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The internet says you should use soap to clean your groceries. Don’t listen.

Dish soap
Fill that soapy sink with dirty dishes, not fresh food.
(Kiichiro Sato / Associated Press)

According to the CDC, there is no evidence to support transmission of COVID-19 associated with food.

Given the continued uncertainty and anxiety around coronavirus, the natural response is a desire to protect ourselves in every possible way. For many, that has meant washing produce with dish soap, antibacterial wipes, disinfecting sprays and other household cleaners.

There is only one word I need to address those practices: Don’t.

Because what we do know for certain is that cleaning products aren’t meant for human consumption. Yes, there was a viral video of a doctor doing it — but he has since renounced the practice.

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In a story I wrote about how to wash fruits and vegetables, I concluded with a quote from a food scientist who suggested the practice, and I regretfully left the option of doing the same up to you. I apologize for not explicitly stating that you should not, so I removed that quote and report now: Experts say to not use dish soap or other household cleaners to wash your produce.

If you’re worried about coronavirus on fresh produce, you don’t need to be, especially if you follow these tips for washing fruits and vegetables.

The FDA and USDA say you should not wash produce with soap; a peer-reviewed publication from UC Davis explains that antibacterial soap and dish detergent residues can remain on the produce. Fruits and vegetables are porous and those microscopic pores can absorb the residues, which are not for human consumption.

Perhaps more convincing are messages from the companies and organizations that would financially benefit from increased soap and produce sales. In the safety data sheet of Dawn dishwashing detergents, it states: “Ingestion: May result in nausea, vomiting and/or diarrhea.”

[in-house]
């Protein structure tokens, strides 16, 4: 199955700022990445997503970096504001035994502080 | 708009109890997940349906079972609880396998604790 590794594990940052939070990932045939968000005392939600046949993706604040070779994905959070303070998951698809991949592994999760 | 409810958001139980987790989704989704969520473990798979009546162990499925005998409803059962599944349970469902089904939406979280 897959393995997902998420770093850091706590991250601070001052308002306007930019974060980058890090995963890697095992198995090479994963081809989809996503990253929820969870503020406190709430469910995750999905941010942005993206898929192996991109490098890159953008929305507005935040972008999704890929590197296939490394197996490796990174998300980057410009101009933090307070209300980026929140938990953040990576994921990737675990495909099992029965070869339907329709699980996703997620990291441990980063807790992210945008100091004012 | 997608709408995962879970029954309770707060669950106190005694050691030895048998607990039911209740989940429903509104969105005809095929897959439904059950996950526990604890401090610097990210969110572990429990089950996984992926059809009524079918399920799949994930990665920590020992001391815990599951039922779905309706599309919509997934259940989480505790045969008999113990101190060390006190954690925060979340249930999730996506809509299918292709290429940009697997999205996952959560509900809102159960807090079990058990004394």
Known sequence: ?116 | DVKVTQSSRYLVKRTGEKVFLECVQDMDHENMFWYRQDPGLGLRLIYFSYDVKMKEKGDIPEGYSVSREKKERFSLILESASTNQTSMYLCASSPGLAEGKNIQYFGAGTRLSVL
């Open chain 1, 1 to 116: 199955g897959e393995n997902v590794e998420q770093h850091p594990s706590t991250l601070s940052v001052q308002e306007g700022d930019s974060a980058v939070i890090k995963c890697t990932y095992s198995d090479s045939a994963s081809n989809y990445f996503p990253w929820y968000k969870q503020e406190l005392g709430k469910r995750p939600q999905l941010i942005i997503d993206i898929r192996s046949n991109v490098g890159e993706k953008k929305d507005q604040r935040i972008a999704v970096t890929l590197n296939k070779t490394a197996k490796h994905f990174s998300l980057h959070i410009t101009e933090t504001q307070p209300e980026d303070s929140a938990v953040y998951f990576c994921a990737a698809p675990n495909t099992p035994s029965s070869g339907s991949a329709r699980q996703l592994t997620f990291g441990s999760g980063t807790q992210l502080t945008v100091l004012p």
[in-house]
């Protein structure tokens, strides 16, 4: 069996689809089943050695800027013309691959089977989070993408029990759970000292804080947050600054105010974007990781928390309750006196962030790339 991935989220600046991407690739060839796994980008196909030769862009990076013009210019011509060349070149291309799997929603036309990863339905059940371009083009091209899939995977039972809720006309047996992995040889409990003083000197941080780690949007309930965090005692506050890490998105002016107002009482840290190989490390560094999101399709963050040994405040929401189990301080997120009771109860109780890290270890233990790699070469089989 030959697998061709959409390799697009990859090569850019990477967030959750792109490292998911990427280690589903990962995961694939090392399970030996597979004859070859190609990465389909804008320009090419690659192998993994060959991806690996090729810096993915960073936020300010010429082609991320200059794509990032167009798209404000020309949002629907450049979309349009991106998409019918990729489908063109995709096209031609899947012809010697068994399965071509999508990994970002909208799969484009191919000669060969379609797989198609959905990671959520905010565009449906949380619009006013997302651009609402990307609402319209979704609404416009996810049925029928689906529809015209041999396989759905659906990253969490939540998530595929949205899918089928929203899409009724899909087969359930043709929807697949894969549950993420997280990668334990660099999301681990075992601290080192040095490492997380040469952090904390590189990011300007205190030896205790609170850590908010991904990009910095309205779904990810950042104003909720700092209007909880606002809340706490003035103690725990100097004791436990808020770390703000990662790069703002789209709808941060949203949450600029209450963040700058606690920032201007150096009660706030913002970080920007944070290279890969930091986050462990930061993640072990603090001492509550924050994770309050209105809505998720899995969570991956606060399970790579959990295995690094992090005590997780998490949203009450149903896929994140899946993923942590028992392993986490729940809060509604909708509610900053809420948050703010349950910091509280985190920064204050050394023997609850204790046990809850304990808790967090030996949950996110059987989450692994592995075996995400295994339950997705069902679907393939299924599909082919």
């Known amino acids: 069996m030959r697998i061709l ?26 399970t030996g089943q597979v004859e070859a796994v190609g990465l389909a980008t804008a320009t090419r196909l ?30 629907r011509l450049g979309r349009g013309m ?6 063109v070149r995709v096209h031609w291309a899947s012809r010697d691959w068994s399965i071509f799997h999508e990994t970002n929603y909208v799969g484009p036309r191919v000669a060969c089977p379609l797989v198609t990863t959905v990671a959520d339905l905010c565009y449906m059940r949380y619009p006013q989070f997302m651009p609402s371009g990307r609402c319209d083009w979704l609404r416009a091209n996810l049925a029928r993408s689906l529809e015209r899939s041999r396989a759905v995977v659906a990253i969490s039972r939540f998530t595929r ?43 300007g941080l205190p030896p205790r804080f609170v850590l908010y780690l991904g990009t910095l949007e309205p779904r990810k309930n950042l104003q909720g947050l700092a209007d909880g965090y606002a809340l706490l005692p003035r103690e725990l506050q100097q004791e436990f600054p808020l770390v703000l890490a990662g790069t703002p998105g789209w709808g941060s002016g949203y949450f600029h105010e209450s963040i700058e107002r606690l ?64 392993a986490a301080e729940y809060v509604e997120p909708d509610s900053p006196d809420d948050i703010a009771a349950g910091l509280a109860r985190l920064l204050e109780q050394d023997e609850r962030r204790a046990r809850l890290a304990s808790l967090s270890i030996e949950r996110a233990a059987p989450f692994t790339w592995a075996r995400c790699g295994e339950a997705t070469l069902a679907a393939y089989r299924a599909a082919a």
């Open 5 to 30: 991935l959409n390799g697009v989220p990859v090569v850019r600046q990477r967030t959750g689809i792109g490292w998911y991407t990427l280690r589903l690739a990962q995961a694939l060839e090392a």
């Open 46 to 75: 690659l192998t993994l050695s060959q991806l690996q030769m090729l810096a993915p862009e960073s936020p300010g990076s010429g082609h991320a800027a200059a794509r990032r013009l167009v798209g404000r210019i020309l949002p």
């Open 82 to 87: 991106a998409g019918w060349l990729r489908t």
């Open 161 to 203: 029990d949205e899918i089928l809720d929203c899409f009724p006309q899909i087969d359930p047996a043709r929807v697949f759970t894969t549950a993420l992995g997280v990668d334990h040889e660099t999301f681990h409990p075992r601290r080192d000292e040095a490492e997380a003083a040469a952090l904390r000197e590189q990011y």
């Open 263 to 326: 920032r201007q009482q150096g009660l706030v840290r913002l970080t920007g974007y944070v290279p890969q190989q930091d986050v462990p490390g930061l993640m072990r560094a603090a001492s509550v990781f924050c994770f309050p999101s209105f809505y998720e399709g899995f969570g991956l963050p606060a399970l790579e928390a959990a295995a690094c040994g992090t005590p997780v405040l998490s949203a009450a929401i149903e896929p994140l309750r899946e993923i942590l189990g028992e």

Dr. Max Teplitski, chief science officer of the Produce Marketing Association, instructs, “Wash produce only immediately before consumption. Do not spray it with household chemicals, do not wash produce with soap or laundry bleach.” Laundry bleach has additives not allowed for food contact or human consumption. Additionally, Teplitski notes that there are “a number of peer-reviewed studies” that consistently show “there is no statistically significant difference in the removal of viral particles from produce surfaces using running water and scrubbing versus using food-grade surfactants (detergents).”

Here are eight tips for cooking clean in your own kitchen to prevent germs from spreading and to make the cooking process more pleasurable.

Also, just because the question has come in from numerous readers: If it is safe to wash my dinnerware with detergent, why is that same detergent not safe on lettuce and apples? The answer, to cut to the chase, is that you do not eat your plates and spoons and knives. Also, they are made of nonporous materials that do not absorb detergent the way fresh food can.

If you’re still anxious about your produce, stick to what we do know for sure: Germs on fruits and vegetables are killed when cooked. And I promise you that cooked produce is delicious. You can roast it in the oven or stir-fry on the stovetop. Or, try any of these 10 easy dishes — and you can find a lot more recipes on our site.

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Applying heat to vegetables intensifies their natural sweetness and makes them extra delicious.


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